When will Britain’s nuclear waste be pumped out of the country’s nuclear power plants?
It is a key question that has come up in the aftermath of a series of scandals and the deaths of hundreds of people from radioactive contamination at Fukushima, including those at the crippled reactors.
The question is being raised again in the wake of the deadly triple meltdown at the Fukushima Daiichi nuclear power plant.
The latest, which was published in The Times newspaper, said the government would start pumping some of the radioactive waste from the countrys nuclear power stations in 2020.
The issue has been raised because the government has so far been unable to explain the level of radioactive waste it is storing at two nuclear power units, Unit 1 and Unit 2, at the reactors.
The Ministry of Defence said in a statement on Friday that the UK Government had a long-term commitment to ensuring the safety and security of the nuclear sites at Fukushima Dai-ichi and Hasegawa.
“The government has a long history of investing in the safety of the reactors at both units, and the UK has been a world leader in nuclear safety for many years,” it said.
In January, a report by the Department for Business, Energy and Industrial Strategy said that the nuclear waste could be stored in the UK for as long as 50 years at the Hasegasawa nuclear power station in Iwate prefecture.
It said that as a result, there was a risk that the government could not safely dispose of the waste once the nuclear plants shut down.
The report said that it was “likely that waste from both reactors will be stored at Hasega, but the Government’s position is that it will only be disposed of at Hosegawa in 2020.”
The report also warned that nuclear waste would likely be stored for 50 years in a sealed storage facility and could be released if there was an accident.
‘We can’t be blamed’Prime Minister Boris Johnson is expected to make a statement at a press conference at 11:00am on Friday to confirm the start of the process for storing the waste.
Meanwhile, nuclear safety experts are urging the Government to speed up the process of releasing radioactive waste in the first instance.
It has been more than two years since a series from the Japanese government and the nuclear industry, and since the Japanese regulator ordered the plant to shut down, the situation has not improved, said nuclear expert Dr Tom Ritchie.
We can only be blamed for the accident, said Dr Ritchie, from the University of Exeter, who has researched the nuclear power industry for nearly 40 years.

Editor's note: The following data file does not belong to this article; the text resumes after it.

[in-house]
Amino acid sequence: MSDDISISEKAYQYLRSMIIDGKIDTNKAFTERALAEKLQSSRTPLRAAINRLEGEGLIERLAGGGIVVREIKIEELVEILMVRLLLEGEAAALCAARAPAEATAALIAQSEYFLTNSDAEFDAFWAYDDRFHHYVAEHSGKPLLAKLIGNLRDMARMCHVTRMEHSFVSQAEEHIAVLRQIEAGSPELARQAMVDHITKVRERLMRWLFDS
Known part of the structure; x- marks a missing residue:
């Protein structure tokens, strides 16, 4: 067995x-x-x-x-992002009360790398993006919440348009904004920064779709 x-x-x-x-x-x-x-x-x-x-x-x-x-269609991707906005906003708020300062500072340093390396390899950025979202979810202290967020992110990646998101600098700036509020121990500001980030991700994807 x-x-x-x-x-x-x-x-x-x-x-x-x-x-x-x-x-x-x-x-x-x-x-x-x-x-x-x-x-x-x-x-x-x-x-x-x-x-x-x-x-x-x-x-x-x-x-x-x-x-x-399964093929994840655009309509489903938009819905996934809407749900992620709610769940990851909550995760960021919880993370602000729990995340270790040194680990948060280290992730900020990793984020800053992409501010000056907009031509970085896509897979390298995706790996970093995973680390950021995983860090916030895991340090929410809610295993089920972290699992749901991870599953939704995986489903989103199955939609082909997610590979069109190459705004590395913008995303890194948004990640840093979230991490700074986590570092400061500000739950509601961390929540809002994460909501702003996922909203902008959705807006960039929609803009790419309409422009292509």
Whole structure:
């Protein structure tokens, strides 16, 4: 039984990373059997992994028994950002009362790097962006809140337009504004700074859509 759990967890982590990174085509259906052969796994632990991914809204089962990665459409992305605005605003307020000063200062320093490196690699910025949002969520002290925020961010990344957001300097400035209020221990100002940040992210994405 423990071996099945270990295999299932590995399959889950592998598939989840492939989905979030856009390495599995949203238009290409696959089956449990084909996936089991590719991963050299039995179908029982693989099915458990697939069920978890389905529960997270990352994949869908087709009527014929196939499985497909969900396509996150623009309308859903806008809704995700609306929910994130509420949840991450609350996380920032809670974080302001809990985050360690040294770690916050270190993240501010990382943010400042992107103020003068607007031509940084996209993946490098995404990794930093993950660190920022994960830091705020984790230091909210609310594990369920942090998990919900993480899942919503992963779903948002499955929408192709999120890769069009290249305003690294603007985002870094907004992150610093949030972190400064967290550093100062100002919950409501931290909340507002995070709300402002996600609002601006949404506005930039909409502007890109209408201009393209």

Ritchie said the first step was to “take the right steps”, adding that “there is still a lot to do”.
He also called on the Government “to do everything it can to ensure that the waste does not leak”.
“I would say the first two steps are good enough.
We have to do them, but I think the third step is the most important,” said Ritchie who also heads the Institute of Nuclear and Nuclear Engineering at the University.
While the Government has been quick to admit that the problem is not solved, it has been slow to commit to actually building a storage facility, and said it was not yet clear how it would do that.
Earlier this month, the Government said it would not proceed with the construction of a storage site for radioactive waste at the units.
‘Worst-case scenario’The report by nuclear experts warned that the risk of an accident would be high if there were a leak of radioactive material.
An accident would also make it more difficult to protect the public, said Ritton, and “it is very difficult to say how long the nuclear plant will last”.
The government is also facing criticism that it is not acting fast enough in response to the accident at the nuclear reactors.
A letter sent to the Prime Minister by the Nuclear Waste Management Association (NVMA), which represents the companies that operate the reactors, says that “the government should consider more aggressive measures” to dispose of waste.
“As the situation worsens, the nuclear facilities at Fukushima and Hainchi should be closed immediately, while other reactors should be restarted and their nuclear waste disposed of,” the letter states.
A Department for Energy and Climate Change spokesman said that while the Government was committed to protecting the safety, security and quality of life of nuclear facilities, it was still unclear how it planned to deal with the risks.
Nuclear safety experts have urged the Government and the regulator to speed the process to safely dispose and safely store the waste at nuclear power facilities. More: